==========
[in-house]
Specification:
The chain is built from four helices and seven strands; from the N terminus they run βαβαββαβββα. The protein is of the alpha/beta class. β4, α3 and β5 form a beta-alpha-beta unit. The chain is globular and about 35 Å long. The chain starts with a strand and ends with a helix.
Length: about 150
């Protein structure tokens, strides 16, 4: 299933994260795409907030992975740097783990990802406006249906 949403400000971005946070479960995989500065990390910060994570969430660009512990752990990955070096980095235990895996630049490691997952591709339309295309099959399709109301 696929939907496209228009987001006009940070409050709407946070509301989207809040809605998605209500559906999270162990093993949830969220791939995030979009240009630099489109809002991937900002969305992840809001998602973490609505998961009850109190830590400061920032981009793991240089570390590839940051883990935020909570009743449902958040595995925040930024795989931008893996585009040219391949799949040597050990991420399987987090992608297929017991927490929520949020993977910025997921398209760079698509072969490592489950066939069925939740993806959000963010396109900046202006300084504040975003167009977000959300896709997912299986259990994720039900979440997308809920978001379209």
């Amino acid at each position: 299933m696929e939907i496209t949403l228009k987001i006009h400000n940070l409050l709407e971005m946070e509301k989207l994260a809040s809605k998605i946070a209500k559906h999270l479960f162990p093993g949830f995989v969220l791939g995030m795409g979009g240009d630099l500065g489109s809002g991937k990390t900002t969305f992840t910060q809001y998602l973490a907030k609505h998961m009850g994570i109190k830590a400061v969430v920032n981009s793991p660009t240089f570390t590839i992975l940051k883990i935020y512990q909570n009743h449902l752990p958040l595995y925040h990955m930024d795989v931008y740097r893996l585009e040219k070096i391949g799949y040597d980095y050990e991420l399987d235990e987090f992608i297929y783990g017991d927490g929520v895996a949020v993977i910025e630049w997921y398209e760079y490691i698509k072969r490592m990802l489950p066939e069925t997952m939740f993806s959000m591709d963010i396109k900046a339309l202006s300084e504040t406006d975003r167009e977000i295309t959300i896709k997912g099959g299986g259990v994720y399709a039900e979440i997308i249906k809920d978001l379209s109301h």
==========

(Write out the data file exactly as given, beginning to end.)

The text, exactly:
[in-house]
Specification:
The chain is built from four helices and seven strands; from the N terminus they run βαβαββαβββα. The protein is of the alpha/beta class. β4, α3 and β5 form a beta-alpha-beta unit. The chain is globular and about 35 Å long. The chain starts with a strand and ends with a helix.
Length: about 150
């Protein structure tokens, strides 16, 4: 299933994260795409907030992975740097783990990802406006249906 949403400000971005946070479960995989500065990390910060994570969430660009512990752990990955070096980095235990895996630049490691997952591709339309295309099959399709109301 696929939907496209228009987001006009940070409050709407946070509301989207809040809605998605209500559906999270162990093993949830969220791939995030979009240009630099489109809002991937900002969305992840809001998602973490609505998961009850109190830590400061920032981009793991240089570390590839940051883990935020909570009743449902958040595995925040930024795989931008893996585009040219391949799949040597050990991420399987987090992608297929017991927490929520949020993977910025997921398209760079698509072969490592489950066939069925939740993806959000963010396109900046202006300084504040975003167009977000959300896709997912299986259990994720039900979440997308809920978001379209």
């Amino acid at each position: 299933m696929e939907i496209t949403l228009k987001i006009h400000n940070l409050l709407e971005m946070e509301k989207l994260a809040s809605k998605i946070a209500k559906h999270l479960f162990p093993g949830f995989v969220l791939g995030m795409g979009g240009d630099l500065g489109s809002g991937k990390t900002t969305f992840t910060q809001y998602l973490a907030k609505h998961m009850g994570i109190k830590a400061v969430v920032n981009s793991p660009t240089f570390t590839i992975l940051k883990i935020y512990q909570n009743h449902l752990p958040l595995y925040h990955m930024d795989v931008y740097r893996l585009e040219k070096i391949g799949y040597d980095y050990e991420l399987d235990e987090f992608i297929y783990g017991d927490g929520v895996a949020v993977i910025e630049w997921y398209e760079y490691i698509k072969r490592m990802l489950p066939e069925t997952m939740f993806s959000m591709d963010i396109k900046a339309l202006s300084e504040t406006d975003r167009e977000i295309t959300i896709k997912g099959g299986g259990v994720y399709a039900e979440i997308i249906k809920d978001l379209s109301h």